St. Augustine believed that pleasure is associated with beauty, with beauty being the cause of that aesthetic pleasure which is perceived by the senses. He also said that what is beautiful must have unity and order, for example, in proportion and symmetry.
I can tell you that when I was asked to restore this statue, it had lost much of its original beauty. Some might even have called it “ugly”, because some of its integrity in color, symmetry and proportion had been lost. Both heads were broken off; the crown chipped; a finger of the Infant Jesus broken; the right hand of our Lady broken off – with fingers missing; a chunk of her hair and veil from her left side were also missing; and the skin coloring had turned a greenish hue.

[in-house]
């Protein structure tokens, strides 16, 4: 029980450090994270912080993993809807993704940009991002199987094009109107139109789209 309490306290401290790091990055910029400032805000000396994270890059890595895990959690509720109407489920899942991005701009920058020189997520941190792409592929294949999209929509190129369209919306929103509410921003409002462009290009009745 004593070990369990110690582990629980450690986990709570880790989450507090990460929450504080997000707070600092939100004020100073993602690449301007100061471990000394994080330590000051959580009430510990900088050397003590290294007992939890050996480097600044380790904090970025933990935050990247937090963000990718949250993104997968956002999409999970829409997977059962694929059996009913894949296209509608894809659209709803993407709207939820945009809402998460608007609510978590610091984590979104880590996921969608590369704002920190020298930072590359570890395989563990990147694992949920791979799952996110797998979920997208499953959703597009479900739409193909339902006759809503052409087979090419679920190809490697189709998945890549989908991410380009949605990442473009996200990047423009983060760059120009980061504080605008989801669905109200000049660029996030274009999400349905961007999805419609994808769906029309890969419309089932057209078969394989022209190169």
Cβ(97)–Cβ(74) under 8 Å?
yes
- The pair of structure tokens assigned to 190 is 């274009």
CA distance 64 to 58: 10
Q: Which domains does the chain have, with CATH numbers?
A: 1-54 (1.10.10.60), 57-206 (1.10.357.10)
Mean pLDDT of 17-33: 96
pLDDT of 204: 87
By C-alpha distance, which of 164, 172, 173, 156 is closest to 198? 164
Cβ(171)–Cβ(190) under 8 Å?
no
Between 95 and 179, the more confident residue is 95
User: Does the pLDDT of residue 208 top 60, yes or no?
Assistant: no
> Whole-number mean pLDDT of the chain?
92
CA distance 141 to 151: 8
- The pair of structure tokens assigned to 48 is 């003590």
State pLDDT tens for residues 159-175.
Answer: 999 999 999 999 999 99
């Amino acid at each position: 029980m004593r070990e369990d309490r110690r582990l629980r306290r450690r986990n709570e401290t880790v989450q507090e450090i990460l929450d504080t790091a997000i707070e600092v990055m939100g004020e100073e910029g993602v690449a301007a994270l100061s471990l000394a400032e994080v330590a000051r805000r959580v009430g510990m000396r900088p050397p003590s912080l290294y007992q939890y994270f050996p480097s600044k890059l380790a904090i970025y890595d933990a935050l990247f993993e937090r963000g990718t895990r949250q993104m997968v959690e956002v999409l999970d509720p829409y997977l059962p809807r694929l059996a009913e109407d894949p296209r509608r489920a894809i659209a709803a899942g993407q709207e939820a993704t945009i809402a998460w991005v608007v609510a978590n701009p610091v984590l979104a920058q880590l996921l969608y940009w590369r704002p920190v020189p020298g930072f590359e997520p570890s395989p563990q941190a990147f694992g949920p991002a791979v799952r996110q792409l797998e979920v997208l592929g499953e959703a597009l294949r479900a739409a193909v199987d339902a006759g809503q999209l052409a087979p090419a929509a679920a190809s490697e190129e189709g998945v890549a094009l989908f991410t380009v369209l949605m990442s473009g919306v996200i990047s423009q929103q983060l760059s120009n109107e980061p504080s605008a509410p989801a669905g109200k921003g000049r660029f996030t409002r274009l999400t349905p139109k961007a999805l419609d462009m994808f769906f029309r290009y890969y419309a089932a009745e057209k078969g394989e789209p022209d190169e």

Hurray! Today I finally finished and our Lady will soon be returned to her owners at the Carmelite Monastery of Traverse City. (October 31, 3012 update: The Sisters asked me to change the color of the veil to white, which I did. I have to admit, this small change adds further beauty to the statue because the gold band shows up so much brighter against the white. I added tinges of almost imperceivable blue to an off-white veil of a lighter shade then the Infant’s garment. Very pretty! Unfortunately, I did not get the opportunity to snap a picture showing this modification.)
Here is another shot:
The original pattern had a secular motif, but with a little creativity, we turned it into something suitable for an altar cloth.
Below, is a work in progress, a piece which is currently over 4 yards long.
There! I hope “someone out there” will derive at least a little aesthetic pleasure from viewing these images.